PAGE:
Statement of Sen. Jim Jeffords, I-Vt.
Ranking Member, Senate Environment and Public Works Committee
On the Nomination of William Wehrum
As EPA Assistant Administrator for Air and Radiation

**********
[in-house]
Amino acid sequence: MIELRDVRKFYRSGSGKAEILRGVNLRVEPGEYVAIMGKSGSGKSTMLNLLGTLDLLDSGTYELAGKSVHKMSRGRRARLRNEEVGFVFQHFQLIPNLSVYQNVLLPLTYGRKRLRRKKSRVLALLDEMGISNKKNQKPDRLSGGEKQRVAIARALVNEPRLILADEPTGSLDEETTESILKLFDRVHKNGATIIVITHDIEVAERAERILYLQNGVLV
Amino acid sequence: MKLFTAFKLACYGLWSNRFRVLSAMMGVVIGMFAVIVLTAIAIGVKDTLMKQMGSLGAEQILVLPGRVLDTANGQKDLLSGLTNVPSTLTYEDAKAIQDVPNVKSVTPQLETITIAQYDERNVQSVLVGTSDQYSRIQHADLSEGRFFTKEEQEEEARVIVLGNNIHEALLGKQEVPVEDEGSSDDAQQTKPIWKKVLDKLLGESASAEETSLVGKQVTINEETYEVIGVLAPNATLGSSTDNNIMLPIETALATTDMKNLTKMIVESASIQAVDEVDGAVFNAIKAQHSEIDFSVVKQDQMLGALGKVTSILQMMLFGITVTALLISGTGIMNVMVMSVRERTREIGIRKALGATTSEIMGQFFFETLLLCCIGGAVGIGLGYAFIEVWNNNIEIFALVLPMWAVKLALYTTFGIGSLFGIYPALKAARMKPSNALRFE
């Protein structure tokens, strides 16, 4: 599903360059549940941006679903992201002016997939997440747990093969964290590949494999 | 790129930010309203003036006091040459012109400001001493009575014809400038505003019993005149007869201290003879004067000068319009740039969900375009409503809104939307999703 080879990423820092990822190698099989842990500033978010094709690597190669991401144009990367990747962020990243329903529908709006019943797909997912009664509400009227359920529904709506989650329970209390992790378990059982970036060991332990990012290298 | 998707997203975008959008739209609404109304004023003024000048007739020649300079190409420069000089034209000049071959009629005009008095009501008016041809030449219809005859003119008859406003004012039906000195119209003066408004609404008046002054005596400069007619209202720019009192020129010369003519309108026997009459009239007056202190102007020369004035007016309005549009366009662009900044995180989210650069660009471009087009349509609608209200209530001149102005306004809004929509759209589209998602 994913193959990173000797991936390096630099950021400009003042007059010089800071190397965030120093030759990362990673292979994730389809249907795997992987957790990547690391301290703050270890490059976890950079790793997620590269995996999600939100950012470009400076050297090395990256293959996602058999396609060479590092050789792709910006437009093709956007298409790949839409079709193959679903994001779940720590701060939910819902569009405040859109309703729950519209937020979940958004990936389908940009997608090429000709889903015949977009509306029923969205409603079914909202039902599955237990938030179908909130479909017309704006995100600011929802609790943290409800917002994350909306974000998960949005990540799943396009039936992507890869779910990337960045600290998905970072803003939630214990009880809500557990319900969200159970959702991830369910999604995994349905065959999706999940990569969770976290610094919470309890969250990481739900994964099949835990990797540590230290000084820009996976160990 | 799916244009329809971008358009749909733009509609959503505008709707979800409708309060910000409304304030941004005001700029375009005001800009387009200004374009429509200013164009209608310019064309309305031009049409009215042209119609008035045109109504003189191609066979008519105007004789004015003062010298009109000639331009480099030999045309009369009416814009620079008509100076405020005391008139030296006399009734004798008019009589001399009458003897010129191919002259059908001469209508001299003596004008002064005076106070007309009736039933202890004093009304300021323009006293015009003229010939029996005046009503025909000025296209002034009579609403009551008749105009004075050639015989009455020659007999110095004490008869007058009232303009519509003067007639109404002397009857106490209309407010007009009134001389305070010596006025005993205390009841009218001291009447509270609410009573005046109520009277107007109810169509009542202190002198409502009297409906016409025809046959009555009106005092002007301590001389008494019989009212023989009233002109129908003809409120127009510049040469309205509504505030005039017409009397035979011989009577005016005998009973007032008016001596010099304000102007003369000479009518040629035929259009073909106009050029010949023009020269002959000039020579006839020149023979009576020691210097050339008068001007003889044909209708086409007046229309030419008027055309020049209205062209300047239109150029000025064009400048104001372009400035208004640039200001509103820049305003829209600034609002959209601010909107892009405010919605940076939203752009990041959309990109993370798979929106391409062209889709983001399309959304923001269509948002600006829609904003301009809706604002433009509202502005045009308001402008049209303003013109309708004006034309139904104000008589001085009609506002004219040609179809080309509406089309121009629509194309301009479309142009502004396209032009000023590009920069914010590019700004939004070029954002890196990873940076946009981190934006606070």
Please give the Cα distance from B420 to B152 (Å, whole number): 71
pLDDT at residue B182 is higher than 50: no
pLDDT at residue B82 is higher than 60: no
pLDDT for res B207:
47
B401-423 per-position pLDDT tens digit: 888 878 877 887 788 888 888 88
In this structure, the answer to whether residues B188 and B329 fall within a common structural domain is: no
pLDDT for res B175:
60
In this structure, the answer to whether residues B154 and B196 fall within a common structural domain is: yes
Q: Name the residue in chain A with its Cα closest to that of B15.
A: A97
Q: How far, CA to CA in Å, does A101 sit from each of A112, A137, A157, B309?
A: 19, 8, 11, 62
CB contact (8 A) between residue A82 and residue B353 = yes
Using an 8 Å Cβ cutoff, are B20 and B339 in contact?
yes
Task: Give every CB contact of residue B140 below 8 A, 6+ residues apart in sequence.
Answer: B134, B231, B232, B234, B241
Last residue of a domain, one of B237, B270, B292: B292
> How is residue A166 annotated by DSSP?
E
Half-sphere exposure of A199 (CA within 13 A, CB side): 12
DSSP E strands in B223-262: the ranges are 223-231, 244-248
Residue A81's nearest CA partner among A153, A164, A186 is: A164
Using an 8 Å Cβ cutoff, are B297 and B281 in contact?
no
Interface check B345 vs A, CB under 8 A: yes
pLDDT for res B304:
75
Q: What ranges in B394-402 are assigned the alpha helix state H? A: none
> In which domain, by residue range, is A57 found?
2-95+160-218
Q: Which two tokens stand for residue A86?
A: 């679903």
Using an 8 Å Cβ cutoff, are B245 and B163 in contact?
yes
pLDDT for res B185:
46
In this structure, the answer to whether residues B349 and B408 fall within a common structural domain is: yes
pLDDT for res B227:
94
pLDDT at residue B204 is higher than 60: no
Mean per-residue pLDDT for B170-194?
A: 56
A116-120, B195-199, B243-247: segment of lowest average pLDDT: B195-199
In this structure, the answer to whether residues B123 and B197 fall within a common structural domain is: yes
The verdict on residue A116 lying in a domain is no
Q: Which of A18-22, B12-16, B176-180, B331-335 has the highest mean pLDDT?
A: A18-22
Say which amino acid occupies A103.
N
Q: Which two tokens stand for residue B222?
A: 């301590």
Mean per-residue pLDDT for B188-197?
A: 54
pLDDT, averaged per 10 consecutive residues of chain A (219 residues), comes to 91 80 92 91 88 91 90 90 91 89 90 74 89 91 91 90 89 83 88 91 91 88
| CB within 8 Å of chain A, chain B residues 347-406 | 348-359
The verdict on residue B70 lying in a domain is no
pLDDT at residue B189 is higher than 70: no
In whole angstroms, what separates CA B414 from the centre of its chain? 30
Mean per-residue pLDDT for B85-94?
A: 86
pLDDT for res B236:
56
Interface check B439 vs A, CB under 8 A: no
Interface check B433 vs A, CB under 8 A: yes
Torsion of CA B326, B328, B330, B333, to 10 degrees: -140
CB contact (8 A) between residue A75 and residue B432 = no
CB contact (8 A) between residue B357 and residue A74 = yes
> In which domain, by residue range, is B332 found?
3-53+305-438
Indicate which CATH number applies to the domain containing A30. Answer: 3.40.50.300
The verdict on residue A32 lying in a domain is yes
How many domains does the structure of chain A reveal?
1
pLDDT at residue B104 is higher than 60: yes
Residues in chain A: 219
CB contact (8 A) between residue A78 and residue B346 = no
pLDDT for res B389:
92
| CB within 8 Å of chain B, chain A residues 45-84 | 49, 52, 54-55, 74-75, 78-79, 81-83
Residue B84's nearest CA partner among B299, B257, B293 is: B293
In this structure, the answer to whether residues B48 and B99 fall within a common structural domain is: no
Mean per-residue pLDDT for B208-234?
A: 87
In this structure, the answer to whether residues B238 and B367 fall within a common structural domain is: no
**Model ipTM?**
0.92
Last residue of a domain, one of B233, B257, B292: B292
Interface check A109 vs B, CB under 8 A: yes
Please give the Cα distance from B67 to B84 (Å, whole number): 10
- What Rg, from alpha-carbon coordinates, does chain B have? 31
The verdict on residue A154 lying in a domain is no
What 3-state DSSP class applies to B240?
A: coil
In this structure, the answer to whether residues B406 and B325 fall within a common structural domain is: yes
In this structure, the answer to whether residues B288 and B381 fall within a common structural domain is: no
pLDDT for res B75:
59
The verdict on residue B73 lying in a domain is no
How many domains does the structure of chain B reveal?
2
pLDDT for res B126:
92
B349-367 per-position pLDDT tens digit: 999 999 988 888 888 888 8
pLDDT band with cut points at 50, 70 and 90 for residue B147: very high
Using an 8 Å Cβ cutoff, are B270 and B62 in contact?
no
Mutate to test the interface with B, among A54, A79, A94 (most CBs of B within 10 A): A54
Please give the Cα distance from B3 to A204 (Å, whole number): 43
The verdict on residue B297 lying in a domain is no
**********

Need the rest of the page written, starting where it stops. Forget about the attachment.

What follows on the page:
Mr. Chairman: I have served on this committee for many years, and we have worked together to consider the qualifications of many nominees who have come before us. As a general matter, I have long believed that the President, regardless of his party, has a right to pick the people who will serve in his Administration. However, the Constitution does impose upon this body a duty to ensure that nominees meet certain basic qualifications for fitness. It also asks us to confirm that these nominees will faithfully implement the laws that they are entrusted to administer. Unfortunately, based on my review of William Wehrum’s record, I will not be able to support his nomination for this critical post. During Mr. Wehrum’s five-year tenure with the EPA, he has been a key player in some very troubling decisions that reflect this Administration’s abysmal record on clean air. In fact, I think it is safe to say that Mr. Wehrum’s actions have shown a pattern of disdain for the 1990 Clean Air Act that I proudly worked on with the first President Bush to pass into law. As we sit here today, the EPA is hard at work with yet another rule change, to New Source Review, that will weaken that Clean Air Act yet again in favor of the polluters. They do it in the name of reform. I call it roll back. The question is, where does it stop? This EPA, under the direction of Mr. Wehrum and his predecessor, Mr. Holmstead, has blocked, undermined or “revised” air quality programs that were enacted on a bipartisan basis by this Committee, and which were meant to protect the public from toxic air pollutants, such as mercury, and other dangerous chemicals. They have often done so with complete disregard for the advice offered by EPA career professionals or sound science. They have squelched open and honest debate, while offering legal theories and policy positions that clearly run counter to the plain language of the Clean Air Act. Luckily, some of their theories and positions have been invalidated by the courts, such as last month’s federal appeals court ruling that struck down the EPA’s effort to help power plants avoid updating their pollution controls. These policy decisions are often made behind closed doors with the help of a close relationship between Mr. Wehrum and his former colleagues in industry. We have learned of these relationships through investigations by impartial bodies, such as the Government Accountability Office and the EPA's own Inspector General. Adding to this pattern of secrecy, this Administration has repeatedly failed to provide this Committee with information that is critical to its oversight role. Contrary to EPA claims, this is not privileged information in all cases. And these are not trivial matters. They relate to mercury poisoning and toxic air pollutants; they relate to the public’s risk of cancer and a host of other adverse health effects. Mr. Chairman, I believe this Administration, with the help of Mr. Wehrum, has lost sight of the function of the Environmental Protection Agency. We, in Congress and in government, have an obligation to protect public health. And that means respecting the laws that are intended to do so, not rolling them back. It is rare for me to oppose a President’s nominee. Unfortunately, this nominee’s record at the EPA has left me with little choice.